Image LEFT: Side view of the cardiac sodium channel, with neutral lidocaine binding sites represented as colored surfaces. From Nguyen PT et al. (2019) Structural basis for antiarrhythmic drug interactions with the human cardiac sodium channel. PNAS 116(80):2945-2954.
Nguyen and Yarov-Yarovoy’s goal was especially ambitious. They didn’t want to make assumptions about how lidocaine enters the sodium channel pore. They wanted simply to mix virtual versions of the lidocaine and sodium channel molecules in the computer. Using the known rules of molecular interactions, the computer would then calculate how they would behave. This approach had the advantage of allowing the scientists to observe the interaction without biasing the results based on previous researchers’ ideas. But it also required superior computational power.
The scientists would have to simulate the molecules for about 15 microseconds. That’s 15 millionths of a second. It may seem incredibly short, but in terms of computer power it’s a difficult problem. Thanks to Anton-2’s specialized hardware and software, the UC Davis team was able to simulate the neutral version of lidocaine in less than a day. The same simulation, they estimate, would have taken several years or more on a general-purpose supercomputer.
The team found that lidocaine could enter the cell in two ways. One was the expected route of through the channels pore gate. The second was by sliding between the protein and the surrounding membrane from the outside. While unpredicted, this method of entry made sense of some puzzling laboratory data on the channel. The team reported their results in the Proceedings of the National Academy of Sciences USA last year.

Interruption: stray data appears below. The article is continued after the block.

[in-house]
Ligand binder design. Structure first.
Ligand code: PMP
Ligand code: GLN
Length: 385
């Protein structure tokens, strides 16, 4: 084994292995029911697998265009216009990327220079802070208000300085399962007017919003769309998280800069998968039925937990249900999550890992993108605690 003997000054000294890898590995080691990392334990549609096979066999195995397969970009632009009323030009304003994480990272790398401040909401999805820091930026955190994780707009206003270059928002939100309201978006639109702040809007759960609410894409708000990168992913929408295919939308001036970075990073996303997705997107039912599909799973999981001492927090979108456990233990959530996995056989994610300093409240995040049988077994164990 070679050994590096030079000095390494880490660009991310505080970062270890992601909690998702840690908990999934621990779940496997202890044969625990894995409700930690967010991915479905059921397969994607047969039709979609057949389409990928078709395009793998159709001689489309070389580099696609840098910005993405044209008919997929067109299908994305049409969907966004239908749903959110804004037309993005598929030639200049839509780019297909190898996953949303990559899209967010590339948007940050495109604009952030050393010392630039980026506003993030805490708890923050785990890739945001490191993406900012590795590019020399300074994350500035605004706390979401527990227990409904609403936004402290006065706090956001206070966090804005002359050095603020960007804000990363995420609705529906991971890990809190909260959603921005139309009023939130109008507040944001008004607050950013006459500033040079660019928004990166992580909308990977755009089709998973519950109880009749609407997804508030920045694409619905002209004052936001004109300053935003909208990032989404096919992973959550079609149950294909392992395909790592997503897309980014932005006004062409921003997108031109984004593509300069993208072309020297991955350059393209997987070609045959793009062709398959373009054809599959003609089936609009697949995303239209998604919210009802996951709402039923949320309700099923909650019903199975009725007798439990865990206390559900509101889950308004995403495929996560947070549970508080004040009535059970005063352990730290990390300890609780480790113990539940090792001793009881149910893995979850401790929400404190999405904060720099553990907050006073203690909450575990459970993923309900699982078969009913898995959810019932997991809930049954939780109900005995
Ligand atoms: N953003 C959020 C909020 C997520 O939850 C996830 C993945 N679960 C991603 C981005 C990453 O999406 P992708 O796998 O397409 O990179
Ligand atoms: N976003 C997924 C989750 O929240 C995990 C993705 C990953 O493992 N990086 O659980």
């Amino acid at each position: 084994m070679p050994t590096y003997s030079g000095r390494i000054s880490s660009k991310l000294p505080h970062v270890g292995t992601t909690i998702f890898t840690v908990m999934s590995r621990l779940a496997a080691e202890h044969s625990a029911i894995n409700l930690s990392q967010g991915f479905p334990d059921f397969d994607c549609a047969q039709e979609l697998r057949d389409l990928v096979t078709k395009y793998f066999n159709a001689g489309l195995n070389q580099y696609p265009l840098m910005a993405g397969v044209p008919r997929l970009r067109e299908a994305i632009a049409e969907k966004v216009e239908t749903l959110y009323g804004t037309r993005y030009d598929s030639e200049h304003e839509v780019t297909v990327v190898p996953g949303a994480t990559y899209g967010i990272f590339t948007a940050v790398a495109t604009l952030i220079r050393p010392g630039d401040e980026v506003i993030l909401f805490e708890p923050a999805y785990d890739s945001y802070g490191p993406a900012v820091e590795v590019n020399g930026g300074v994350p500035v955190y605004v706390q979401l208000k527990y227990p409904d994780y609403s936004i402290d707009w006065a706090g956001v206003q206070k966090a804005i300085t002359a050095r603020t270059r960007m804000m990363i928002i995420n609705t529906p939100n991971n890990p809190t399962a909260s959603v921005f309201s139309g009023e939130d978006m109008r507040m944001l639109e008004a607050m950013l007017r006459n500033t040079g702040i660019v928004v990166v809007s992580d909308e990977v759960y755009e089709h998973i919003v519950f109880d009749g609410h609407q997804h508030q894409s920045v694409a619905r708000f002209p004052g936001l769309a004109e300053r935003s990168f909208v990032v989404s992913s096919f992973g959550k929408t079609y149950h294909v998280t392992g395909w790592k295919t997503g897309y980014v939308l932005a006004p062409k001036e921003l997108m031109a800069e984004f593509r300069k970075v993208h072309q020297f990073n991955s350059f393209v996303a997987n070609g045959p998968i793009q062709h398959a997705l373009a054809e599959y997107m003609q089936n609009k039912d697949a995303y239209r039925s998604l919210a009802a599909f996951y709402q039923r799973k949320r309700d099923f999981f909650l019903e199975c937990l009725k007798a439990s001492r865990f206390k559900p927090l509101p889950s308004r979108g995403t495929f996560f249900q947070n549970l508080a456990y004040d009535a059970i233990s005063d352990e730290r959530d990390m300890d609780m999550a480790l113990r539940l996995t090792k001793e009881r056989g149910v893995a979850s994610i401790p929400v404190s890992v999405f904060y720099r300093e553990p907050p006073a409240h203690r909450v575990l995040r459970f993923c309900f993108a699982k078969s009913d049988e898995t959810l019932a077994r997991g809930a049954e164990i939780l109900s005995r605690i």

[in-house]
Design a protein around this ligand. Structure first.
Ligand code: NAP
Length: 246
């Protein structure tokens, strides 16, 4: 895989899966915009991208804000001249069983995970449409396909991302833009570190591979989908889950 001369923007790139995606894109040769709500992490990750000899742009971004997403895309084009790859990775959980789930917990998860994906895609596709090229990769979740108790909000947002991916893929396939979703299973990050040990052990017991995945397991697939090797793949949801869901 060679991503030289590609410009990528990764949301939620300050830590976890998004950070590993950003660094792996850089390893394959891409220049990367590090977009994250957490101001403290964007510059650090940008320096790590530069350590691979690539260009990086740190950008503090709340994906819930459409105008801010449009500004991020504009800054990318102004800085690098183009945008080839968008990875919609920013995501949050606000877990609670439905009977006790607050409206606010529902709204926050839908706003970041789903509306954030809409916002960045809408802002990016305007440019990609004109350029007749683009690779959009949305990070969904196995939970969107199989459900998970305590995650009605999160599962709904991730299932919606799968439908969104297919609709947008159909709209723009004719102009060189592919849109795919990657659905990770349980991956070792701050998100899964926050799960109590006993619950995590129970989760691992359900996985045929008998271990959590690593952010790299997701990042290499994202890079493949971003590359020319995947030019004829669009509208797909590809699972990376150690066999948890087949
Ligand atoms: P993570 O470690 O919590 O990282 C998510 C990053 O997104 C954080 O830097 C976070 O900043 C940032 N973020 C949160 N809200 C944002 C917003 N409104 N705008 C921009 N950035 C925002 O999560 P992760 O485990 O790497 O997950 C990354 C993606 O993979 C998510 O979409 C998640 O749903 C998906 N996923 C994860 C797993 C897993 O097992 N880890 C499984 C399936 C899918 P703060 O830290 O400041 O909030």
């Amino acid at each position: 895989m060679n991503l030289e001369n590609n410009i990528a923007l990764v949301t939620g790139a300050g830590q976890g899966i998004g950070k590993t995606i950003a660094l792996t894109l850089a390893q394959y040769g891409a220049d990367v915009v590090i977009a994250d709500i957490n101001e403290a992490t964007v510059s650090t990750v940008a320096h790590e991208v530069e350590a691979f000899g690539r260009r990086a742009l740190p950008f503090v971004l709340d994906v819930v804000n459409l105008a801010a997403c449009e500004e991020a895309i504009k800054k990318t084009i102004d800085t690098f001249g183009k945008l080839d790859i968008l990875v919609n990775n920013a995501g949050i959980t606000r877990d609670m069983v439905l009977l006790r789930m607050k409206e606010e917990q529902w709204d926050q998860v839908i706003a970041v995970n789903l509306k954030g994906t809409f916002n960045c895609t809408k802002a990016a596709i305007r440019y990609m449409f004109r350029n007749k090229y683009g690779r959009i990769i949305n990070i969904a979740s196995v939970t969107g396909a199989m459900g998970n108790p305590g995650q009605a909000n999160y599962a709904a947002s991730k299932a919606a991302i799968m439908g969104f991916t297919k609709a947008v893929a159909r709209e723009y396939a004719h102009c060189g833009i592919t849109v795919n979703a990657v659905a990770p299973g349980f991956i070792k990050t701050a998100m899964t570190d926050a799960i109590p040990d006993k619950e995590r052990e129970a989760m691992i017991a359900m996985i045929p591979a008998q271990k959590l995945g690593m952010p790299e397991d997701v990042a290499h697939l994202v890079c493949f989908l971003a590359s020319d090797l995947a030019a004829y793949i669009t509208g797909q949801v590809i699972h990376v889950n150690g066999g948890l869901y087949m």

“There are some unexpected results. It is widely accepted that neutral drug molecules enter the sodium channel either from the intracellular pore gate or through the lipid membrane. Observing that lidocaine enters the channel from outside by climbing down between the channel’s outside wall and lipid membrane is very intriguing. ”—Phuong T. Nguyen, UC Davis
The UC Davis scientists would like to use the new information to design drugs that can affect the sodium channel more powerfully and with fewer side effects. One goal will be to repeat the simulations on the electrically charged “ionic” version of lidocaine. They’d like to learn how electrical charge affects the drug’s interaction with the sodium channel. Because of that charge, ionic lidocaine won’t be able to enter the cell membrane as easily as the neutral version and will require even more simulation time. The power provided by Anton 2—performing the simulations in one day instead of years—provides new insights that can be used to design more effective cardiac drugs.